With my Blackstar HT40 running clean and a Fender Stratocaster and Ibanez Sabre at hand, I set the Triskelion’s Energy knob up high and moved the Variant Mass knob through its range to check out the many flavors of cool overdriven raunch on tap. With the Variant Mass knob around 12 o’clock and the Boost engaged, I got a cool wall-of-Pignose sound that made me miss Zappa himself. Dialing back the Energy knob to about 9 o’clock or lower, and fine-tuning the Variant Mass knob between 12 o’clock and 6 o’clock traded grit for a very honky-tonkin’ treble boost that was downright Tele-esque on my American Standard Stratocaster. The clarity and tonal versatility at these settings is impressive—I was even able to coax sparkling country tones from my 25-year-old, hot-rodded Ibanez.
Dialing back both Energy and the Variant Mass knobs even further gave me a wide-frequency clean sound that was akin to the tones from a semi-hollow body. And attaching an expression pedal to control the Variant Mass knob enabled me to sweep between the two clean tones easily, which was very cool. As effective as this pedal is when growling and snarling, the range of cleaner tones are stunners—clear, chiming, and kicking with high-end boost.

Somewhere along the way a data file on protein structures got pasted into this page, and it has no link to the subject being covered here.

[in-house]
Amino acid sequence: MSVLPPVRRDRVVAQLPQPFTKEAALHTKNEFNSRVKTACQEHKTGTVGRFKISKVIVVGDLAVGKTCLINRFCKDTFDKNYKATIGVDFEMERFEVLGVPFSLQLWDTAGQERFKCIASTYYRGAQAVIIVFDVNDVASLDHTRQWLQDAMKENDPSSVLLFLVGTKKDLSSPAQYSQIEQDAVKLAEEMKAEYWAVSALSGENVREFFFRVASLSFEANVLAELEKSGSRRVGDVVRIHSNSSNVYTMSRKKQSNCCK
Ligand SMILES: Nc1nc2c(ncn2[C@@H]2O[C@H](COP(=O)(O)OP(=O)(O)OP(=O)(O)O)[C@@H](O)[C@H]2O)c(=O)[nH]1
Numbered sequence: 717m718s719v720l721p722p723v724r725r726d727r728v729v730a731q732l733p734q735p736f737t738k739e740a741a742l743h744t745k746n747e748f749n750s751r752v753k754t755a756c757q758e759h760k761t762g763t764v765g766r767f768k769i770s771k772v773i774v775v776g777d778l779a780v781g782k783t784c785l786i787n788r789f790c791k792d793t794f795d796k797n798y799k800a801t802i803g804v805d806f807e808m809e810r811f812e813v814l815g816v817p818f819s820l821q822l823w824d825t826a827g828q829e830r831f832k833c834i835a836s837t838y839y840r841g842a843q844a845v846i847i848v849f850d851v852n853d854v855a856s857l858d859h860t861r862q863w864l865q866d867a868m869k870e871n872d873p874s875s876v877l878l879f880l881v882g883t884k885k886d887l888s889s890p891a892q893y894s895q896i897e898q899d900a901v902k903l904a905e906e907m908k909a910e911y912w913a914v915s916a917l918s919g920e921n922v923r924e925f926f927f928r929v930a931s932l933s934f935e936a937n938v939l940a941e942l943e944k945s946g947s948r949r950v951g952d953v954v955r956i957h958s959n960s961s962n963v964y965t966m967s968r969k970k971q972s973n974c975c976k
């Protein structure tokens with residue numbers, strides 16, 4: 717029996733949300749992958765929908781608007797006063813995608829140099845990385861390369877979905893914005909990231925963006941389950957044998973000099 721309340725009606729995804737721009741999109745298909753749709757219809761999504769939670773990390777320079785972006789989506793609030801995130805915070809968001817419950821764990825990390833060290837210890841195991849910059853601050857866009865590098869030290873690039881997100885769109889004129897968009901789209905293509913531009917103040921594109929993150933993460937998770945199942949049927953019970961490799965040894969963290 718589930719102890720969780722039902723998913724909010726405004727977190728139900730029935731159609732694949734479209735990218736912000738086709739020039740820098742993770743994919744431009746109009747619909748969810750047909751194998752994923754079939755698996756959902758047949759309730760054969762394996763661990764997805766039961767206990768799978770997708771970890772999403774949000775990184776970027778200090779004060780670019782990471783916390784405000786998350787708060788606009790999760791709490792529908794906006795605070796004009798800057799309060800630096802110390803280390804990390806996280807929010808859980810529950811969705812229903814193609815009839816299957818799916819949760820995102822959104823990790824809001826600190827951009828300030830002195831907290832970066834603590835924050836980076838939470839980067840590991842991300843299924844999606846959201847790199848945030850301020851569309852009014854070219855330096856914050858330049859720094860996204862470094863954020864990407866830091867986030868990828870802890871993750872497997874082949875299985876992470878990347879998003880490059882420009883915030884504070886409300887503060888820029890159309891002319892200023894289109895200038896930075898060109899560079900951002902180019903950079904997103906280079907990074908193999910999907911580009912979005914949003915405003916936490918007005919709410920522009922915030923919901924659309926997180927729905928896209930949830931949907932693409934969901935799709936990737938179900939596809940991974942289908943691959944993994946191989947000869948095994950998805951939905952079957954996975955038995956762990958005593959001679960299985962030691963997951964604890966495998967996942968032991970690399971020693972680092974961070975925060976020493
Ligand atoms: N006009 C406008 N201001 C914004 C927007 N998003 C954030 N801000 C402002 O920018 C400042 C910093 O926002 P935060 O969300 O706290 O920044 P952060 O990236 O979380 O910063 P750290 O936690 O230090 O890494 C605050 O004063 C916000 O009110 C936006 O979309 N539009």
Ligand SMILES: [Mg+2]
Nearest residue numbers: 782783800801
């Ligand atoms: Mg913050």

Cranking up the Amplitude and Energy knobs introduced a sweetened Tube Screamer overdrive effect, but with more expansive tonal options. Running the Sabre’s Seymour Duncan into the Blackstar’s clean channel and dialing back the Variant Mass knob summoned some cool ’70s stoner tones in the vein of Wolfmother. Exploring similar overdrive settings with the help of an expression pedal controlling the Variant Mass knob yielded shades of Robin Trower or Jimi Hendrix modulated grit, as well as cockedwah tones that are great for giving lead lines character and space in a heavy rock mix.
While the pedal sounded great at any three-knob setting I tried, I loved jacking up the Amplitude and Energy knobs, kicking on the boost, and using the expression pedal in the manner of a wah to get some absolutely blistering lead tones. Even with the Energy knob back down to a sensible 5 o’clock, the Amplitude at 3 o’clock, and Variant Mass set wide open with the expression pedal, my guitar wept, cried, howled, moaned, sang, and screamed. And hanging out in the range of these more aggressive settings makes it a breeze and a joy to get abundant musical feedback—especially with a whammy bar.